Judge Lucy Koh approved the US$415 million settlement Apple, Goole, Intel, and Adobe proposed in the anti-poaching lawsuit brought against them by Silicon Valley employees. She gave the deal a thumbs up on Wednesday, but with a twist that no doubt left the attorneys in the case disappointed: they're getting half as much money as they expected.
Judge Koh cut attorney fees in half in Apple's employee anti-poaching settlement
The attorneys representing the Silicon Valley employees in the lawsuit were planning on taking $81 million for their fees, but Judge Koh called the amount an inappropriate windfall, according to Reuters. Instead, she's letting them take $40 million.
The lawsuit stems from an agreement between several tech companies to not hire away employees from each other. Workers claimed they were stuck in lower paying jobs because they couldn't score raises by moving to other companies.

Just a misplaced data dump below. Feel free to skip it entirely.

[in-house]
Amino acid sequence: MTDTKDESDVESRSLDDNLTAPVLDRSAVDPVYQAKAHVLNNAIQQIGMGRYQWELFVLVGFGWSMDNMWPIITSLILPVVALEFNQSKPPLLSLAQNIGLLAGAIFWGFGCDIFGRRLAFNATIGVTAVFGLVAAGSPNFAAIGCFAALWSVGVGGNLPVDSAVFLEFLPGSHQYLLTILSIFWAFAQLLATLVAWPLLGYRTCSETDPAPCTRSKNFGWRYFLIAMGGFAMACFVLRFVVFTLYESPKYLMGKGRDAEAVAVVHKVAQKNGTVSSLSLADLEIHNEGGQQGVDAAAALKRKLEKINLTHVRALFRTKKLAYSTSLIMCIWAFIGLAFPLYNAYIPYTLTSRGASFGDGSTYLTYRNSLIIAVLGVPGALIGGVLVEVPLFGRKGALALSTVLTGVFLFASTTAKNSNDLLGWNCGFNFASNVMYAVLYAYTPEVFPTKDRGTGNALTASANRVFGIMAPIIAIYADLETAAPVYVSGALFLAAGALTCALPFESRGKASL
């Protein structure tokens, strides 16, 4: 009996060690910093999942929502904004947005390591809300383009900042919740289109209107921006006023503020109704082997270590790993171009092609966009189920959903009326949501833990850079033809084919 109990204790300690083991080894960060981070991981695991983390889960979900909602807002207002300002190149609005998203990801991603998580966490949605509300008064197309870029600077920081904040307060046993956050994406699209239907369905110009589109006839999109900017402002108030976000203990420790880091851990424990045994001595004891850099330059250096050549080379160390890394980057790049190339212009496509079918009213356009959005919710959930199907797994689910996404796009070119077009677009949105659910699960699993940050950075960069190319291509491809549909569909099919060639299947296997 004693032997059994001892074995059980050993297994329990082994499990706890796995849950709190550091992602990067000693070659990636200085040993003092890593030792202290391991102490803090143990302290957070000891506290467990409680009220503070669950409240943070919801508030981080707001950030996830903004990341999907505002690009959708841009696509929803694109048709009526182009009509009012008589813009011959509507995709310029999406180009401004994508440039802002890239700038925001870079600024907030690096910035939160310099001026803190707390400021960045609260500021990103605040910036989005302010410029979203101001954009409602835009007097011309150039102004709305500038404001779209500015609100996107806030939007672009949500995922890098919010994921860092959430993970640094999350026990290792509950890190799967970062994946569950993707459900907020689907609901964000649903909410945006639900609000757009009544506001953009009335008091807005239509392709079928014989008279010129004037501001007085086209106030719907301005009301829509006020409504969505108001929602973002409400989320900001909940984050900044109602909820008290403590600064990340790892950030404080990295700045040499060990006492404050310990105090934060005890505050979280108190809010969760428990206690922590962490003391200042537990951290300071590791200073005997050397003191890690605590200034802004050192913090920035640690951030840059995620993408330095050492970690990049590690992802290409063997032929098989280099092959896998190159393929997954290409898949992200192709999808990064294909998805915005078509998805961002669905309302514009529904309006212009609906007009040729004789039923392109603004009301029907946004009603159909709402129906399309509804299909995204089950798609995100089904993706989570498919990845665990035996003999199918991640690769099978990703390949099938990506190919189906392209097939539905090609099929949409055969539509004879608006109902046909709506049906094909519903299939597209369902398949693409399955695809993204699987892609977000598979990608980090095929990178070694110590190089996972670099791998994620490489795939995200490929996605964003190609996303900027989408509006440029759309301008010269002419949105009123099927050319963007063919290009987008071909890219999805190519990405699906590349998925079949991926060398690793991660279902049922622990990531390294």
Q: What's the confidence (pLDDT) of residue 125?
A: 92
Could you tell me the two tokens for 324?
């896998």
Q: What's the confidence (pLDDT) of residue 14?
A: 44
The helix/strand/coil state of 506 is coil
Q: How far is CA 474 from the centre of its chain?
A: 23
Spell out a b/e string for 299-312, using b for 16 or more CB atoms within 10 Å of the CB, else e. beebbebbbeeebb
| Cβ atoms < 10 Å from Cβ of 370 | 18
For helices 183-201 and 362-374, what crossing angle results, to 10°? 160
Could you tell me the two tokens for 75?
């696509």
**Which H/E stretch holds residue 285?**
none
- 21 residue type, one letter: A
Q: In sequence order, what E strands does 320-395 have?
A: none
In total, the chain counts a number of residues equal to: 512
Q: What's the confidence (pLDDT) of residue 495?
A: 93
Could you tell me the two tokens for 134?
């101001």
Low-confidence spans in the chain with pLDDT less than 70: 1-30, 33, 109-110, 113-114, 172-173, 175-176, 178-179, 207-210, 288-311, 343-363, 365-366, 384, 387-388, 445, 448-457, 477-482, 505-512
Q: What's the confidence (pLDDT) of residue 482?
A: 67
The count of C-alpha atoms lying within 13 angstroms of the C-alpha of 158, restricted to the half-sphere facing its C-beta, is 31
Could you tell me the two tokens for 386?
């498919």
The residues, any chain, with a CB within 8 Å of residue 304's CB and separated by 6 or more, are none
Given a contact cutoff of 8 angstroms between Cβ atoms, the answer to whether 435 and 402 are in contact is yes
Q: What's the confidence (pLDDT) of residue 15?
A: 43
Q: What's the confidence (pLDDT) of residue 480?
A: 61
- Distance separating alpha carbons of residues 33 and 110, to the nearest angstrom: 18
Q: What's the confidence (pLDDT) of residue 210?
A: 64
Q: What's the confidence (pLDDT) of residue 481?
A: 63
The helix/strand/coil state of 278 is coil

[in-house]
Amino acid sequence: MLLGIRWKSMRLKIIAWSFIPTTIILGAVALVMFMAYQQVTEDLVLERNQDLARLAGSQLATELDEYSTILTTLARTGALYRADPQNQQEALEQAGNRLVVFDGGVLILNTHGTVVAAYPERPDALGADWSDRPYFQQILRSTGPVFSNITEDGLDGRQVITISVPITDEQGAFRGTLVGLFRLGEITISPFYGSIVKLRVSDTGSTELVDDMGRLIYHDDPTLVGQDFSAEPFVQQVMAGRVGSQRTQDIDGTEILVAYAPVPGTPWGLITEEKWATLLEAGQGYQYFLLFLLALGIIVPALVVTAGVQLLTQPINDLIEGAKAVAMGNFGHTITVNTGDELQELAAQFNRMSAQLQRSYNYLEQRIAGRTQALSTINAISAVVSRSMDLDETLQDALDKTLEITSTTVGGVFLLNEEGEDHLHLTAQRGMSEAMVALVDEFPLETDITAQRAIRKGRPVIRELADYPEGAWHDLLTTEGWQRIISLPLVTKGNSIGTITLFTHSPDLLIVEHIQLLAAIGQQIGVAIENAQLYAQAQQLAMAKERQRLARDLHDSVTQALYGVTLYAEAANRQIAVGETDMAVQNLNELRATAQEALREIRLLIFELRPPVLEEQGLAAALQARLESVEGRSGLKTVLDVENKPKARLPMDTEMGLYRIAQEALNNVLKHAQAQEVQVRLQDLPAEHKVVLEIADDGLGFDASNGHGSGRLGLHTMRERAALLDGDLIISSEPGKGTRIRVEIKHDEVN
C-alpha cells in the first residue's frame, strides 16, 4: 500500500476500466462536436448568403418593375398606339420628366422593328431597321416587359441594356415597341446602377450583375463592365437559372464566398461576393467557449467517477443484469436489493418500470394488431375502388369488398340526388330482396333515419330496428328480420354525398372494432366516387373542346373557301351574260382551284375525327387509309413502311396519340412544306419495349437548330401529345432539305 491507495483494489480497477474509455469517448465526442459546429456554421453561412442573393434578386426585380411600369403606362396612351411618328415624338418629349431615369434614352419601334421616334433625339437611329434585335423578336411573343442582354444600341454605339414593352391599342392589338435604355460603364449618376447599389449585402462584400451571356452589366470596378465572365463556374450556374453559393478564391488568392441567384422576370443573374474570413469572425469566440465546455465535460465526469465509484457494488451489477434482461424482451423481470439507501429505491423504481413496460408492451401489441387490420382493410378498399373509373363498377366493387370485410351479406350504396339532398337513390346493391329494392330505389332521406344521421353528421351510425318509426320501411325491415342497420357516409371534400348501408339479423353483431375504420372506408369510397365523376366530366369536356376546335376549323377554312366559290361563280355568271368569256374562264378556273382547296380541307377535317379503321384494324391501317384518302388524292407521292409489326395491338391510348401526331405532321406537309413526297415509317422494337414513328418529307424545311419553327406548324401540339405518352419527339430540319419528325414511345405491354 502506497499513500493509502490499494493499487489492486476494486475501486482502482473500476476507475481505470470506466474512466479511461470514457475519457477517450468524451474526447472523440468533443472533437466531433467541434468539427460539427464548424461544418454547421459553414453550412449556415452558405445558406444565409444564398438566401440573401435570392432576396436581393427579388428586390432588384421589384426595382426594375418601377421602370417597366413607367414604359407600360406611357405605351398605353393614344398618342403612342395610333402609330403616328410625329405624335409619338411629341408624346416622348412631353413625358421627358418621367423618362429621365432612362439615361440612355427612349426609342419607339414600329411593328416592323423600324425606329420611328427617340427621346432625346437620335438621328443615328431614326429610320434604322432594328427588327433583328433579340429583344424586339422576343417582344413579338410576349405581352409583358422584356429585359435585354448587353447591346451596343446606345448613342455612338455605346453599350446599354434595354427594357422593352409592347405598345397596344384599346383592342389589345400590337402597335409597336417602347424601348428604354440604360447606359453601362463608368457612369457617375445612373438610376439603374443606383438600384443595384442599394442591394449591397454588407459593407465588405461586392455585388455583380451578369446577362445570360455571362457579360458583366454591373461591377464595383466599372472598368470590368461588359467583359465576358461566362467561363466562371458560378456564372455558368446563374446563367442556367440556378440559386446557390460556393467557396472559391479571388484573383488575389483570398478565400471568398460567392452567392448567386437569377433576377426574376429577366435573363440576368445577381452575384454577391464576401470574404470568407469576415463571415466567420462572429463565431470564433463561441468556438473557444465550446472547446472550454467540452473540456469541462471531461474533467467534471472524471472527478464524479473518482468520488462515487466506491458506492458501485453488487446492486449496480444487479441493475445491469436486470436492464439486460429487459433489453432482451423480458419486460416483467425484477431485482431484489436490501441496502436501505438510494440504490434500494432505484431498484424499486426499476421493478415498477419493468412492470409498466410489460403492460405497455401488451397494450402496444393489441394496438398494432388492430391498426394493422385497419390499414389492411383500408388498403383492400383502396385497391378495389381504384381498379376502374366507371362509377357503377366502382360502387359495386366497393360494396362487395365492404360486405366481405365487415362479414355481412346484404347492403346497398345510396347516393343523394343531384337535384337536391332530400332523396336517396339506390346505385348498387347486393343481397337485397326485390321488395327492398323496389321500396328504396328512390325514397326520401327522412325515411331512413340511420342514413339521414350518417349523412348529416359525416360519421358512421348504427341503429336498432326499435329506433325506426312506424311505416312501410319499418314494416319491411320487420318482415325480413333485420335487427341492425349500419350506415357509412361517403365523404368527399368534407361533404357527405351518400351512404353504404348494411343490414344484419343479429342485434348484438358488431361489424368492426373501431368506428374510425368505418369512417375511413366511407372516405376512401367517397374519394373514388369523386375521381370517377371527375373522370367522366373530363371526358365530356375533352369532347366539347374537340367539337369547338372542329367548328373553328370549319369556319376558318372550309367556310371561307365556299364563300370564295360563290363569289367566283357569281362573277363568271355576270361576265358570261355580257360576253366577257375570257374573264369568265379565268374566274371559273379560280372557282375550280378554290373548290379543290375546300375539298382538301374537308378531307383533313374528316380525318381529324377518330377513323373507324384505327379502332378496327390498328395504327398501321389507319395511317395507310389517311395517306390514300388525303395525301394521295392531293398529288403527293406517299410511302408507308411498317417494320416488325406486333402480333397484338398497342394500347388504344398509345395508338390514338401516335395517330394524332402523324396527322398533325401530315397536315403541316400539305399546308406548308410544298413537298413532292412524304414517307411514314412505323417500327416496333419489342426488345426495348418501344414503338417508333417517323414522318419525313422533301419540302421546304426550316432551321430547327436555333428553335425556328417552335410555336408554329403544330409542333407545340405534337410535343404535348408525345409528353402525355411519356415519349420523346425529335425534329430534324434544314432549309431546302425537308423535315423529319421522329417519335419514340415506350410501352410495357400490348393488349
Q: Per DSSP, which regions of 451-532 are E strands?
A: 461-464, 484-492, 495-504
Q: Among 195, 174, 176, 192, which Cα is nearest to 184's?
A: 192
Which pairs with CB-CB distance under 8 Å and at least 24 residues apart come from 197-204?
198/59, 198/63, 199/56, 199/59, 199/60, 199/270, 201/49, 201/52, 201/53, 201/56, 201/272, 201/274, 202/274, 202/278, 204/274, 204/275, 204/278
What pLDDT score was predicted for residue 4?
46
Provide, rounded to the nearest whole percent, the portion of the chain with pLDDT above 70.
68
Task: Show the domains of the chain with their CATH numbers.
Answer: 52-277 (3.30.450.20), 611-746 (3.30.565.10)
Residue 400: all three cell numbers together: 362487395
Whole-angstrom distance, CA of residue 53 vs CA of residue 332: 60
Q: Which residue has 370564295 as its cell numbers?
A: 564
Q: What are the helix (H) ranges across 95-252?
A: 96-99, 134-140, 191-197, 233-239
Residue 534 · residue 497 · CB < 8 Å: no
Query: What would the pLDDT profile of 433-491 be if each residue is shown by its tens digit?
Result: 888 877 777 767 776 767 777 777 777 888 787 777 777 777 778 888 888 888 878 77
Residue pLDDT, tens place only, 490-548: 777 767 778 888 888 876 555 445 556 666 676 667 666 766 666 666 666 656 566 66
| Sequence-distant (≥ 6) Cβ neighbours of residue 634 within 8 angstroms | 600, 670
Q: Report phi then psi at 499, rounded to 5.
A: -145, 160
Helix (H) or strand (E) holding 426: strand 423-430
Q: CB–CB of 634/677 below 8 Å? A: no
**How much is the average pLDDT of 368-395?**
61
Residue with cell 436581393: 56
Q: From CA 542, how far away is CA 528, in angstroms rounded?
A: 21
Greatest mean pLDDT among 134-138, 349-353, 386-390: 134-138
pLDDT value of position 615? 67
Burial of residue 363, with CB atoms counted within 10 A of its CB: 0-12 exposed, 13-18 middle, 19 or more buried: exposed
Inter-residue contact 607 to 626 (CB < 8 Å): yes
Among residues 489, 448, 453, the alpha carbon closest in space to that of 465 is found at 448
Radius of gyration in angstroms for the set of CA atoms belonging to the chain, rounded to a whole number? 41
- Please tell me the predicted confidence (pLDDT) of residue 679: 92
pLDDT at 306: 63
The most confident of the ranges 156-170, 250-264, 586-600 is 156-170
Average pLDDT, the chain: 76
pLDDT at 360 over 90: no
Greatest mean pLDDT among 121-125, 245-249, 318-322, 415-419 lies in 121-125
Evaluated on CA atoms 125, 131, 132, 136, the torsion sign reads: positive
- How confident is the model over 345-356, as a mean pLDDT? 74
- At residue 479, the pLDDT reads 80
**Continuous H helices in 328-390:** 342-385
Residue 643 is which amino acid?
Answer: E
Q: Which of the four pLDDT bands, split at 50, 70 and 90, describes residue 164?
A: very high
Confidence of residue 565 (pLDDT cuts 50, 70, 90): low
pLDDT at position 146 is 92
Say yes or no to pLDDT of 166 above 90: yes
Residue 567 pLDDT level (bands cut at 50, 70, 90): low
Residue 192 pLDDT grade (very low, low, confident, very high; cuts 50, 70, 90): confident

Judge Koh rejected an earlier $324.5 million settlement offer because she felt it was too low. When the defendants came back with their $415 million counter offer, she seemed pleased and the companies were able to avoid a potentially embarrassing trial.
Had the trial moved forward damning emails from company executives, including then Apple CEO Steve Jobs, would've been presented in court. None of the companies involved wanted those getting out, so they had strong incentive to find a settlement amount that pleased the plaintiffs, the attorneys, and Judge Koh.
Now that final approval for the settlement is in place, it looks like everyone wins—or almost everyone. The employees participating in the lawsuit are going to get some compensation, and the companies get to keep their dirty laundry out of court. The law firm of Lieff, Cabraser, Heimann & Bernstein, however, gets to take home $41 million less than they had hoped for.